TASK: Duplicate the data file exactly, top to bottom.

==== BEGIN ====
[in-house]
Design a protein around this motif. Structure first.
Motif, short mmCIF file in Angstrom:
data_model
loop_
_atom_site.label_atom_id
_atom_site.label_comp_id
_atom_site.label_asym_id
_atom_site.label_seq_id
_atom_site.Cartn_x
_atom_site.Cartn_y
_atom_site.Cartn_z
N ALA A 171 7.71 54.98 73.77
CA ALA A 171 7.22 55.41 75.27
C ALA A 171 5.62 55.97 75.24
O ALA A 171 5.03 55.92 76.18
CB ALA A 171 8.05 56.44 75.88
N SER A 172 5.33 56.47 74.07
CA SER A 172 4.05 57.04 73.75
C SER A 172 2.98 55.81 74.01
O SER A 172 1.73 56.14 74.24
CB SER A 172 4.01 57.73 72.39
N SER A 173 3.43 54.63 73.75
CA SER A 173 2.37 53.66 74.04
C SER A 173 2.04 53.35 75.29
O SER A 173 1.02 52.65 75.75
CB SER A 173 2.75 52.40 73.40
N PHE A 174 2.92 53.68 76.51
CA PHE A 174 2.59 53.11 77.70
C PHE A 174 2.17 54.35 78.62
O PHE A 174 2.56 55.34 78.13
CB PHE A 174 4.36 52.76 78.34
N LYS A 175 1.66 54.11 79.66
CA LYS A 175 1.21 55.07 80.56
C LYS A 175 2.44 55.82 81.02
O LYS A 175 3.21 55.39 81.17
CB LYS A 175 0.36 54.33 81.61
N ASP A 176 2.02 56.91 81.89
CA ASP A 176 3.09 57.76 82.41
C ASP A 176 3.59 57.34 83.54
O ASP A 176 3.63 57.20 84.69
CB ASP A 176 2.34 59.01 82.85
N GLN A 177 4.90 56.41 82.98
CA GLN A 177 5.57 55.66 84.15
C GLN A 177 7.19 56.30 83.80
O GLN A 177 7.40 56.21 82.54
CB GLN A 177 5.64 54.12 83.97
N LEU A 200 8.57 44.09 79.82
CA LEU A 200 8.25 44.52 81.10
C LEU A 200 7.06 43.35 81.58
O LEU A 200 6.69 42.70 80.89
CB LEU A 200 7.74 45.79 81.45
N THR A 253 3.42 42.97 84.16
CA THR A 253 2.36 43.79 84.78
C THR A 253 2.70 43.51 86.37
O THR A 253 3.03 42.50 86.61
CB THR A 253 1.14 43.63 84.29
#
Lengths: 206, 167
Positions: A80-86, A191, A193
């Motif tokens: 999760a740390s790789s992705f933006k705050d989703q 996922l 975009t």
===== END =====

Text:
[in-house]
Design a protein around this motif. Structure first.
Motif, short mmCIF file in Angstrom:
data_model
loop_
_atom_site.label_atom_id
_atom_site.label_comp_id
_atom_site.label_asym_id
_atom_site.label_seq_id
_atom_site.Cartn_x
_atom_site.Cartn_y
_atom_site.Cartn_z
N ALA A 171 7.71 54.98 73.77
CA ALA A 171 7.22 55.41 75.27
C ALA A 171 5.62 55.97 75.24
O ALA A 171 5.03 55.92 76.18
CB ALA A 171 8.05 56.44 75.88
N SER A 172 5.33 56.47 74.07
CA SER A 172 4.05 57.04 73.75
C SER A 172 2.98 55.81 74.01
O SER A 172 1.73 56.14 74.24
CB SER A 172 4.01 57.73 72.39
N SER A 173 3.43 54.63 73.75
CA SER A 173 2.37 53.66 74.04
C SER A 173 2.04 53.35 75.29
O SER A 173 1.02 52.65 75.75
CB SER A 173 2.75 52.40 73.40
N PHE A 174 2.92 53.68 76.51
CA PHE A 174 2.59 53.11 77.70
C PHE A 174 2.17 54.35 78.62
O PHE A 174 2.56 55.34 78.13
CB PHE A 174 4.36 52.76 78.34
N LYS A 175 1.66 54.11 79.66
CA LYS A 175 1.21 55.07 80.56
C LYS A 175 2.44 55.82 81.02
O LYS A 175 3.21 55.39 81.17
CB LYS A 175 0.36 54.33 81.61
N ASP A 176 2.02 56.91 81.89
CA ASP A 176 3.09 57.76 82.41
C ASP A 176 3.59 57.34 83.54
O ASP A 176 3.63 57.20 84.69
CB ASP A 176 2.34 59.01 82.85
N GLN A 177 4.90 56.41 82.98
CA GLN A 177 5.57 55.66 84.15
C GLN A 177 7.19 56.30 83.80
O GLN A 177 7.40 56.21 82.54
CB GLN A 177 5.64 54.12 83.97
N LEU A 200 8.57 44.09 79.82
CA LEU A 200 8.25 44.52 81.10
C LEU A 200 7.06 43.35 81.58
O LEU A 200 6.69 42.70 80.89
CB LEU A 200 7.74 45.79 81.45
N THR A 253 3.42 42.97 84.16
CA THR A 253 2.36 43.79 84.78
C THR A 253 2.70 43.51 86.37
O THR A 253 3.03 42.50 86.61
CB THR A 253 1.14 43.63 84.29
#
Lengths: 206, 167
Positions: A80-86, A191, A193
């Motif tokens: 999760a740390s790789s992705f933006k705050d989703q 996922l 975009t």